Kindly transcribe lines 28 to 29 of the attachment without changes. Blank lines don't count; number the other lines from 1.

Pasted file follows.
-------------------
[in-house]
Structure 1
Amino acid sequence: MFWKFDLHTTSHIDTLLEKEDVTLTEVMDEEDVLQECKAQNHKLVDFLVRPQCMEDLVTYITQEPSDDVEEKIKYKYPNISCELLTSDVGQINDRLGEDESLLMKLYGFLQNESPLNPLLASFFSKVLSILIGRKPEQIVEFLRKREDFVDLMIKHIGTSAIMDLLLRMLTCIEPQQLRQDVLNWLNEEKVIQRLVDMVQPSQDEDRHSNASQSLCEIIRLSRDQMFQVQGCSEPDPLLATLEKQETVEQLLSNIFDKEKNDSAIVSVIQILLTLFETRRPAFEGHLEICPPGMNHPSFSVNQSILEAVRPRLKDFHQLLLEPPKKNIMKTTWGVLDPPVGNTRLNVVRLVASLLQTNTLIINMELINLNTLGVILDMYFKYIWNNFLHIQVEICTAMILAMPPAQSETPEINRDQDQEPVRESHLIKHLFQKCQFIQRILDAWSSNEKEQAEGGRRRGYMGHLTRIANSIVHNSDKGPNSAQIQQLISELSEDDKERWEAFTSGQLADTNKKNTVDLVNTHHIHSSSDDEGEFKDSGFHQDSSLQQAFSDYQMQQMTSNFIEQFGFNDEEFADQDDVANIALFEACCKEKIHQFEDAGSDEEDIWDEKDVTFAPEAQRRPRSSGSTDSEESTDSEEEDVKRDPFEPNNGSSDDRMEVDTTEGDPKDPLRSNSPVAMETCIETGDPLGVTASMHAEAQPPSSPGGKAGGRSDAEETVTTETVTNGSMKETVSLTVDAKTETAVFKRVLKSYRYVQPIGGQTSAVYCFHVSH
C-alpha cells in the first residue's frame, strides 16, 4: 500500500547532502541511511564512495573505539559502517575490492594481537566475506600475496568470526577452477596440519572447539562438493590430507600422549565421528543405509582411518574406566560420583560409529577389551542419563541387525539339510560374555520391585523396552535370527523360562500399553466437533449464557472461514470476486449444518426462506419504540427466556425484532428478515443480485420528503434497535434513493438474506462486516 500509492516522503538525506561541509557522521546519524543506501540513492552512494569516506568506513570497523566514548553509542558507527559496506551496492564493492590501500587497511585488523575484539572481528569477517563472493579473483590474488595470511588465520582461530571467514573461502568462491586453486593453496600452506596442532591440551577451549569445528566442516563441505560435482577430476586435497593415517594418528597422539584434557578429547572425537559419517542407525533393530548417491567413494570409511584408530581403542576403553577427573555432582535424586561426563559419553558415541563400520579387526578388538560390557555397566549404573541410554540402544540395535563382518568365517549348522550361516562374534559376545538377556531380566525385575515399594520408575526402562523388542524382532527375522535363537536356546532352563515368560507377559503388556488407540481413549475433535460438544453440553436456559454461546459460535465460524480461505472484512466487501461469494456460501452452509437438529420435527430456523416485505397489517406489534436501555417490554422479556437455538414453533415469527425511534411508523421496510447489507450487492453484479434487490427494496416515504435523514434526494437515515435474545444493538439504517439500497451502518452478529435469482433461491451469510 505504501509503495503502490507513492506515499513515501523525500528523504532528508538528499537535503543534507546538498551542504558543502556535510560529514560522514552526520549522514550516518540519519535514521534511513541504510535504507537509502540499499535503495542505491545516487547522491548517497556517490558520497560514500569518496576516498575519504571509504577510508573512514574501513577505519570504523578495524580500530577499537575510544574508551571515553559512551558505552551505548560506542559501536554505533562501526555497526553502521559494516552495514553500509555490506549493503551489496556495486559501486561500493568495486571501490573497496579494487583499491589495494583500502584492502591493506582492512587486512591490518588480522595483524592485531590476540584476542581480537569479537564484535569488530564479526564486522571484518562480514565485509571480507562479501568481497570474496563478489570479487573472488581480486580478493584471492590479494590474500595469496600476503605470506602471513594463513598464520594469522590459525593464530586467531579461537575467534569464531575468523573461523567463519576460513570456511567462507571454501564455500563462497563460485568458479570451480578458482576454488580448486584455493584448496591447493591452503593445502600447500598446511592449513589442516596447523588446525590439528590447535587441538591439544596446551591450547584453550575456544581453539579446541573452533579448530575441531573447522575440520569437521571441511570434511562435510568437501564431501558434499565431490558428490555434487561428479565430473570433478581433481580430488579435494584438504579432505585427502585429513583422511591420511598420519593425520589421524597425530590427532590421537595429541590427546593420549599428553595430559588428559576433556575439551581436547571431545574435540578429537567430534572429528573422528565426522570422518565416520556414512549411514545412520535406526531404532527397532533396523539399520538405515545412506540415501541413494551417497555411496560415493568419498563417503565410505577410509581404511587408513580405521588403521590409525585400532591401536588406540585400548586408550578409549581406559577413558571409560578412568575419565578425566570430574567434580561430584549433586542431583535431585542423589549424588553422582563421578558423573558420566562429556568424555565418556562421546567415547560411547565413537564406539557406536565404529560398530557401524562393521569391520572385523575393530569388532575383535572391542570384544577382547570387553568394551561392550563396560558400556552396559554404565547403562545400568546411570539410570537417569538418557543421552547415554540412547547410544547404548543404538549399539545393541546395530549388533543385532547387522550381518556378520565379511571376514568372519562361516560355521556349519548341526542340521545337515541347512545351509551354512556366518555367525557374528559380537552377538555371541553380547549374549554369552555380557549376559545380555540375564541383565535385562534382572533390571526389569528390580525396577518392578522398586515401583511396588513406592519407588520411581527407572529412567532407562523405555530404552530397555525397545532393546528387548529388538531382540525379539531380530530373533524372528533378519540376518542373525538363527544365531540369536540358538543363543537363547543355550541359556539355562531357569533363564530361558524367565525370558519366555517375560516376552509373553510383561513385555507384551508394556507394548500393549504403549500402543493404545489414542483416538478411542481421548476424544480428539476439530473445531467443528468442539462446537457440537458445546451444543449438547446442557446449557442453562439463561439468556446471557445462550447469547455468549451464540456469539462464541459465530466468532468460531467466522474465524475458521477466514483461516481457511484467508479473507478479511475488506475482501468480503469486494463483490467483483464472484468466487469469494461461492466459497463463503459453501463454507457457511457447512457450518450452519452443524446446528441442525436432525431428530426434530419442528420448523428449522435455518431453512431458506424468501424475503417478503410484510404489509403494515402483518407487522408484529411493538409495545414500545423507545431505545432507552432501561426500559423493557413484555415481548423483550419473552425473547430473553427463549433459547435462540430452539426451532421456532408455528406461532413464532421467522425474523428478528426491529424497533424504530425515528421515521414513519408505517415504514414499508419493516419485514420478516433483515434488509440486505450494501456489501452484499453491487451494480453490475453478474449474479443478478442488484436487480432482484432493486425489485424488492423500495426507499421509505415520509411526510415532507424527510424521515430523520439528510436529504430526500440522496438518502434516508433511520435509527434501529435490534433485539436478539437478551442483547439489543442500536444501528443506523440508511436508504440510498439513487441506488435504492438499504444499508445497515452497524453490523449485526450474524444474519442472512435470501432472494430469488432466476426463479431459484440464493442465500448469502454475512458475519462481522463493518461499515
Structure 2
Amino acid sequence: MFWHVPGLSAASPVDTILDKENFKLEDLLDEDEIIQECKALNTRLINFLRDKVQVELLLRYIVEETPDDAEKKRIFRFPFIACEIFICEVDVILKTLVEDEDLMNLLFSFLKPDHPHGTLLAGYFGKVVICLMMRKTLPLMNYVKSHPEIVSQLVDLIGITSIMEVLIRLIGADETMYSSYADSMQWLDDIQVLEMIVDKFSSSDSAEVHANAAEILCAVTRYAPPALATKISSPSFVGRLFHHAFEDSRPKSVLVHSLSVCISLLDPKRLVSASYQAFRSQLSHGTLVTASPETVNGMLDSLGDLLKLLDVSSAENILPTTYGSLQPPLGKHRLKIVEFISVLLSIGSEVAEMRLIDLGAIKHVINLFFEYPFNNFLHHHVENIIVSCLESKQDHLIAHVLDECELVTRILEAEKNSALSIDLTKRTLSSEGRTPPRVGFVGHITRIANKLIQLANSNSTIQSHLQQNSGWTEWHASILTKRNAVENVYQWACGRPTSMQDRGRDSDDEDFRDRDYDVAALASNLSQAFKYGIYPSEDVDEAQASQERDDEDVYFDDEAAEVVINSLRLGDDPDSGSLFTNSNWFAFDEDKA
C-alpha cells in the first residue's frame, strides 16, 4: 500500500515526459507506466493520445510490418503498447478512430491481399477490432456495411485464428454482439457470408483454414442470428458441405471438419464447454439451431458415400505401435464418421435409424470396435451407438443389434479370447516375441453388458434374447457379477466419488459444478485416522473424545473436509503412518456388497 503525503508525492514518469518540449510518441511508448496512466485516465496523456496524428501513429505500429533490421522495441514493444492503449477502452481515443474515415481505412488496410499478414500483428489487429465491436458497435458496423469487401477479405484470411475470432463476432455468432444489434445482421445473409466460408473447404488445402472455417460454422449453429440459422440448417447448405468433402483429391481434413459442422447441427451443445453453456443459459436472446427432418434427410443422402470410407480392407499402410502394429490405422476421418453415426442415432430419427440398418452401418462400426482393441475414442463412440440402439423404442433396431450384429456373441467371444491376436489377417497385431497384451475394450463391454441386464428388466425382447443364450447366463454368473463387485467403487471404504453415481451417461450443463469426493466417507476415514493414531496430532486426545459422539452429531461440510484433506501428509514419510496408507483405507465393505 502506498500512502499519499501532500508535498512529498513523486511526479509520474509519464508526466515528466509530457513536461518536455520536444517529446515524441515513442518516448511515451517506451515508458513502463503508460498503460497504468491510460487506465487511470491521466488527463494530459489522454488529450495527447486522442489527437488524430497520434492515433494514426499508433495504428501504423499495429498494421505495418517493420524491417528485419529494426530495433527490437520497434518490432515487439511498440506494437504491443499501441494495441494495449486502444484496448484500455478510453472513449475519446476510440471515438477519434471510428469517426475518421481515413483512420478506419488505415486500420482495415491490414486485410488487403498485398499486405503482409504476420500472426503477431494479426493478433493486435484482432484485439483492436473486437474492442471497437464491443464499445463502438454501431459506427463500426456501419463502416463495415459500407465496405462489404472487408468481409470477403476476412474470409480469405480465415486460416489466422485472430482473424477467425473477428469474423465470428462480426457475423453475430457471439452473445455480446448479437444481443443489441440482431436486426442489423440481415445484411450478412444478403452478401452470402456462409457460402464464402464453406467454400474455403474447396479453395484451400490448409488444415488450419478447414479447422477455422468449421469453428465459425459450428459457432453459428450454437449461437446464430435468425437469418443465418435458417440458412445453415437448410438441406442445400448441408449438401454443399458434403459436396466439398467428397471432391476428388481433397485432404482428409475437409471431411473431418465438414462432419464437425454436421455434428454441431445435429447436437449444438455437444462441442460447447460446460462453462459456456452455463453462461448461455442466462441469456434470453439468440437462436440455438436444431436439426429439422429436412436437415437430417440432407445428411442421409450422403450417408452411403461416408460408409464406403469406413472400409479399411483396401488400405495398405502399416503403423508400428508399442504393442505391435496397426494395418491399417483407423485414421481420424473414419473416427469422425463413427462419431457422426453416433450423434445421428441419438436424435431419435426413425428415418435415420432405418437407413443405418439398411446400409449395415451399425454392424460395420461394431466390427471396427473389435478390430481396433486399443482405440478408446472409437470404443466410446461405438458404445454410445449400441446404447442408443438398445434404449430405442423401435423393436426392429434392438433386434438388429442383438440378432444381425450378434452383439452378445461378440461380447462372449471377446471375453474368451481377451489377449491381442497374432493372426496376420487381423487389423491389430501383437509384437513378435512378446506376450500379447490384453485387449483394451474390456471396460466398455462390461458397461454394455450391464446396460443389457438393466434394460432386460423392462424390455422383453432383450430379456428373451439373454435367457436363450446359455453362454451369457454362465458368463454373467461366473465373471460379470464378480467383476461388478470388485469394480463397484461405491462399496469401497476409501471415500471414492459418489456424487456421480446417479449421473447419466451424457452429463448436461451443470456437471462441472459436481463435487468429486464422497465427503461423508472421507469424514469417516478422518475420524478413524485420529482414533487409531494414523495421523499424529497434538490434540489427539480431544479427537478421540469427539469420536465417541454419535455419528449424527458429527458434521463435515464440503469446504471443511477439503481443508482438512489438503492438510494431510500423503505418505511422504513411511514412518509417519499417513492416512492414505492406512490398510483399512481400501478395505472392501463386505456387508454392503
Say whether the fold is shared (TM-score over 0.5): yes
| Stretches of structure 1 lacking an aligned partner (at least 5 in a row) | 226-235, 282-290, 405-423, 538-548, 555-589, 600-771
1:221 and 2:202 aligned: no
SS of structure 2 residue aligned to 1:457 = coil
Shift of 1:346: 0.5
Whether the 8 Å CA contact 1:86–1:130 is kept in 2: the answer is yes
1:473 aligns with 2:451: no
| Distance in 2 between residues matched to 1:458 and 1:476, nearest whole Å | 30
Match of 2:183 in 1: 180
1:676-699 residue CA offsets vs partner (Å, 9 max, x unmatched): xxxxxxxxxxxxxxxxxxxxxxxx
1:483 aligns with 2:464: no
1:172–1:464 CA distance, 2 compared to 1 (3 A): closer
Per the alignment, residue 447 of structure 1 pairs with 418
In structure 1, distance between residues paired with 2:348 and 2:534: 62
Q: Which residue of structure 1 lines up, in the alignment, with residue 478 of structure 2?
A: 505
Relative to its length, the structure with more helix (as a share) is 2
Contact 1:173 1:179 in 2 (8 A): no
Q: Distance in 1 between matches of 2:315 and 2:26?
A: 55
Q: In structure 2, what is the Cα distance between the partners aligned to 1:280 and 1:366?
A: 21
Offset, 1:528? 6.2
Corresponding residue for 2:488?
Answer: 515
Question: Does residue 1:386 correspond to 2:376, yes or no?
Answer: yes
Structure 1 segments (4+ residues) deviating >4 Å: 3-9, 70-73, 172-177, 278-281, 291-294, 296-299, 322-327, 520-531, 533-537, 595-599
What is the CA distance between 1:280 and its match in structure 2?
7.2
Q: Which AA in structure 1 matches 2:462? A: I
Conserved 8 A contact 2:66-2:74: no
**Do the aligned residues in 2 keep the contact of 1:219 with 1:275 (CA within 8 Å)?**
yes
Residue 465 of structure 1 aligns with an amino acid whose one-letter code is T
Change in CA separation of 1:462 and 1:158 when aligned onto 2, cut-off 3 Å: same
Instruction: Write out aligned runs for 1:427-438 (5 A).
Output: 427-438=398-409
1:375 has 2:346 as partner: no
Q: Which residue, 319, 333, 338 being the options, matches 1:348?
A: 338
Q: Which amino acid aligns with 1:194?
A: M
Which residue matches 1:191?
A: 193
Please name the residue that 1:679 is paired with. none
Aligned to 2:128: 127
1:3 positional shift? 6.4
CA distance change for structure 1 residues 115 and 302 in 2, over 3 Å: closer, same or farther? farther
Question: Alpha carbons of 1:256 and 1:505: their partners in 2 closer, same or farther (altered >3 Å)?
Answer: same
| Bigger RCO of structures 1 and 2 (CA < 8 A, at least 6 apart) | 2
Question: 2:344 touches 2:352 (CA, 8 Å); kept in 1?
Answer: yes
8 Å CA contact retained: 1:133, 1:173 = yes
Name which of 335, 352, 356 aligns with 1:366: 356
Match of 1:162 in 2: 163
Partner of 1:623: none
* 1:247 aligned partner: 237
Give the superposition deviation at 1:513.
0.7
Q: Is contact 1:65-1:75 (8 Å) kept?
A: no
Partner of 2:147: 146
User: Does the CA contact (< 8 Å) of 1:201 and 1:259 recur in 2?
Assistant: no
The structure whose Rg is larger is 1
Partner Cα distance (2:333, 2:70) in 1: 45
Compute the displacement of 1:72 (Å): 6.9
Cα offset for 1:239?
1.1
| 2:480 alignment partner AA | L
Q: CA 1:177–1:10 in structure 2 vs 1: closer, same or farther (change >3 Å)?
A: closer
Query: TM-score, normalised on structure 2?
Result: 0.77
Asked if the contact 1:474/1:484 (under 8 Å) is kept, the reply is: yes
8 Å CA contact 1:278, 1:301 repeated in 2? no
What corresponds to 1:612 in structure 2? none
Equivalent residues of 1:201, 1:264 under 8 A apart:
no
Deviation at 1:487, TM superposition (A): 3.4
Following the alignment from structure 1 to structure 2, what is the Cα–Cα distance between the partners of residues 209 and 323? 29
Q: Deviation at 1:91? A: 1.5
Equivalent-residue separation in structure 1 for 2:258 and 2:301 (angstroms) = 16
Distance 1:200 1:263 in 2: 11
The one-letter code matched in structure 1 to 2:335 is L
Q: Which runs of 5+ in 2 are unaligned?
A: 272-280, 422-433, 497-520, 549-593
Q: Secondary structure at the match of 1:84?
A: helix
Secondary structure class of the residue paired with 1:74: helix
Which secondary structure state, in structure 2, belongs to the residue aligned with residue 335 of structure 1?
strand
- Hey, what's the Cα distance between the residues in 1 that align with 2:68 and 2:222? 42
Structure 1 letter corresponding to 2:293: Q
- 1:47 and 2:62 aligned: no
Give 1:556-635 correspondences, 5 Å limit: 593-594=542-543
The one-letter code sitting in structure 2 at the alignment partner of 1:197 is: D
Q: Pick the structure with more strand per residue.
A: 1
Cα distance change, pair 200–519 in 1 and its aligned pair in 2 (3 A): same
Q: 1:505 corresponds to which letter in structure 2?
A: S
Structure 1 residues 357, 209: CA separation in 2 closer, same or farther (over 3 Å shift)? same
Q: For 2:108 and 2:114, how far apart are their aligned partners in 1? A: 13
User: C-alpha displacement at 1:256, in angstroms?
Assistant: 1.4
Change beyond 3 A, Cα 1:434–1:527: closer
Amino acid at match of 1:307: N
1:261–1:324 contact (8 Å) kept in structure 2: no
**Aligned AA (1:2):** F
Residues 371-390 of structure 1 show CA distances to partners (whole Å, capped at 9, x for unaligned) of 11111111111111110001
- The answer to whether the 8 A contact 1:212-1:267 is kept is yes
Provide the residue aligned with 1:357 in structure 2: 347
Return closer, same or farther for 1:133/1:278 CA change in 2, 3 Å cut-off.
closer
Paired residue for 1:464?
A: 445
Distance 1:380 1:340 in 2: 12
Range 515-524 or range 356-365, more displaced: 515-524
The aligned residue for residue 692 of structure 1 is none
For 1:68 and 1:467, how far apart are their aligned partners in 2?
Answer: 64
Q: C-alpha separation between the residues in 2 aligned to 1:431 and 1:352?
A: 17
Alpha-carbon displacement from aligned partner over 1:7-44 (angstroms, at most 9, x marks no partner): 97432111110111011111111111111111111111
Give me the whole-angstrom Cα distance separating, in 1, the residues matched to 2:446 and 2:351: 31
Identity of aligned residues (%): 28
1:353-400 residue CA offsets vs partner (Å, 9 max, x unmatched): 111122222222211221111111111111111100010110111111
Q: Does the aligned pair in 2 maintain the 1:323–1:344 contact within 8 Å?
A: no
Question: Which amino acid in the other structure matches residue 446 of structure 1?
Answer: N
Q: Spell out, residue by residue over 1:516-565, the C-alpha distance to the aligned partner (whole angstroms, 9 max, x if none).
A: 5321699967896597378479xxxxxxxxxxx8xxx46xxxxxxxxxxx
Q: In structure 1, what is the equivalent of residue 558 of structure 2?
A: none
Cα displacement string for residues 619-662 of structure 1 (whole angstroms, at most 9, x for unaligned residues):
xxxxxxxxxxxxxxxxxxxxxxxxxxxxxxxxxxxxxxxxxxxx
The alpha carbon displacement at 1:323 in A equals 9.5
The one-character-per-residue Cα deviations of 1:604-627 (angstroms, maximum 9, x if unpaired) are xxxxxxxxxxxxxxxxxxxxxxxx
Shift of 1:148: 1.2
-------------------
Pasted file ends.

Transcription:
Q: In structure 2, what is the Cα distance between the partners aligned to 1:280 and 1:366?
A: 21